This paper analyses income distribution and poverty reduction in Georgia in the period 2010 to 2017/2018. As we have no data for 2019, our findings do not relate to the most recent distributional policies of the Georgian government.

Our results suggest that while Georgia has substantially reduced poverty and income inequality, continuous monitoring of the situation would be helpful.
Main findings are:

• Georgia has made significant progress in poverty reduction, almost halving the poverty rate to 16% during 2010 to 2015 (using the World Bank measure for lower middle-income countries). However, poverty did not decline further from 2016 to 2018 and remains high when compared to peer group countries.

In the past several months the world has been rocked by profound economic and social turbulence. The COVID-19 epidemic has forced many countries around the world into widespread emergency lockdowns. Economic activity plunged dramatically in February-March 2020, with rapid indicators showing strong contractions in retail, restaurant business, and passenger transport. The scale of the imminent economic fallout is not yet known, but early expert opinions suggest that the economic shock may be even more dramatic than during the 2008 global financial crisis. Under these circumstances, it seems impossible to think of any kind of economic policies except those related to the epidemic and the means of combatting its fallout. Yet, some policies, particularly those that have long-term economic consequences for the country, deserve our attention even in these turbulent times. Among them are the larization policy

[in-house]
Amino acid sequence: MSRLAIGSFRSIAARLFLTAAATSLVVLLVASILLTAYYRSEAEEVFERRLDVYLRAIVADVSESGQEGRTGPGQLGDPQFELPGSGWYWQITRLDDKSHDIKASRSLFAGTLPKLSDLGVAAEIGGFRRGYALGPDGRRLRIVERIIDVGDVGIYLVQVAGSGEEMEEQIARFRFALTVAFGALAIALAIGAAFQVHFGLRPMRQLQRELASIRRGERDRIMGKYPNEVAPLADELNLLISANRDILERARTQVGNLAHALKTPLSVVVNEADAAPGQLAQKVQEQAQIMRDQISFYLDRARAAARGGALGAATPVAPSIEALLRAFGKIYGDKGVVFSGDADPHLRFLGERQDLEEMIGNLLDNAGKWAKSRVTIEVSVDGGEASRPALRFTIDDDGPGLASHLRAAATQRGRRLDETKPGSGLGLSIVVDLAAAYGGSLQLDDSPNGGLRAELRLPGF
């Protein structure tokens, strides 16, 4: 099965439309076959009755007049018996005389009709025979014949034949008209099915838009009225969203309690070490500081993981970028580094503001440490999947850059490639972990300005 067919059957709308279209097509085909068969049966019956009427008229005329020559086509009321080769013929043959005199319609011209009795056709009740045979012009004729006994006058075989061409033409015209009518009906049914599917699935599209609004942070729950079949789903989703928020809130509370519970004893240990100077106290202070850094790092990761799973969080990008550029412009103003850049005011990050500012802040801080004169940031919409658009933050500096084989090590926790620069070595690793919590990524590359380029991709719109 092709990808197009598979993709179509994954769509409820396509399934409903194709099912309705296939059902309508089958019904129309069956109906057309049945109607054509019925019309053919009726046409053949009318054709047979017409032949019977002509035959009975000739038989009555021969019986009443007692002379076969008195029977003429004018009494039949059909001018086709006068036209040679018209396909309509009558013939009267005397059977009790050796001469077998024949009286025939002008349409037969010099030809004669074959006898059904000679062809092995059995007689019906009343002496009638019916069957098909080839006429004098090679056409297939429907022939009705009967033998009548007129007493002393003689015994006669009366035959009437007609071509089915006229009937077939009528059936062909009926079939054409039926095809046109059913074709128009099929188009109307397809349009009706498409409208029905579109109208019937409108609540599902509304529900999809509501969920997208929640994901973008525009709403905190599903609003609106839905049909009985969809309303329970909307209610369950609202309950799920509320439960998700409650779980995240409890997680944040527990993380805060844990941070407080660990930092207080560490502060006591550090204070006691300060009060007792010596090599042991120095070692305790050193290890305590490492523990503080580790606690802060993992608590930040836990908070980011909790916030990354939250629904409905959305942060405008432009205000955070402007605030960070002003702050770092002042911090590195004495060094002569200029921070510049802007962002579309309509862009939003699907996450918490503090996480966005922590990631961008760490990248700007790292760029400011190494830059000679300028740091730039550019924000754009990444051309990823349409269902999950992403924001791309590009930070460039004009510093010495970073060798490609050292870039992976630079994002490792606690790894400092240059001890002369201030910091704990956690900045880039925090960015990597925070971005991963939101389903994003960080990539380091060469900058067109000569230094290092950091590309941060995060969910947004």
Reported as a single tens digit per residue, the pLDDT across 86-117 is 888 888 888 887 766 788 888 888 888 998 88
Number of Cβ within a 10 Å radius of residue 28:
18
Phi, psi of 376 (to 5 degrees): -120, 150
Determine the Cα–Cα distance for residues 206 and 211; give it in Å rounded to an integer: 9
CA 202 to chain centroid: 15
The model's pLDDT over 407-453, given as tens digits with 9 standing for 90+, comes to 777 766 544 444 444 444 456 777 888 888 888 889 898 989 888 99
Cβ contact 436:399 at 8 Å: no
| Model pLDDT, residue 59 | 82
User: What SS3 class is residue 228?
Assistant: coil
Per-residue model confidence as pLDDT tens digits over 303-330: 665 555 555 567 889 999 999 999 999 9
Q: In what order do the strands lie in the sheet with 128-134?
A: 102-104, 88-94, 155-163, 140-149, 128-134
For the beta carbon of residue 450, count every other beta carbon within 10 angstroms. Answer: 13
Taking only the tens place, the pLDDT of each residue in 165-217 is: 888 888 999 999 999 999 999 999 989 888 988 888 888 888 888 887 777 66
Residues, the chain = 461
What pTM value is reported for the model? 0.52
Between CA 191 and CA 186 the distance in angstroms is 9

measures initiated by the National Bank of Georgia in June 2016.

As the novel coronavirus COVID-19 outbreak continues to spread around the world and has been declared a global pandemic by the World Health Organization, the next global economic recession is no longer an “if” or even a “when” event. Unfortunately, it is already upon us. In just the past few days:

• Stock market indices have continued to exhibit high volatility, rallying one day and plunging at a record pace the next;

• Companies around the world are shoring up cash, as they start to fear for their liquidity;

• Countries have adopted drastic measures to limit outside travel and social interactions;

• Health systems in the most afflicted countries are strained to near breaking point;

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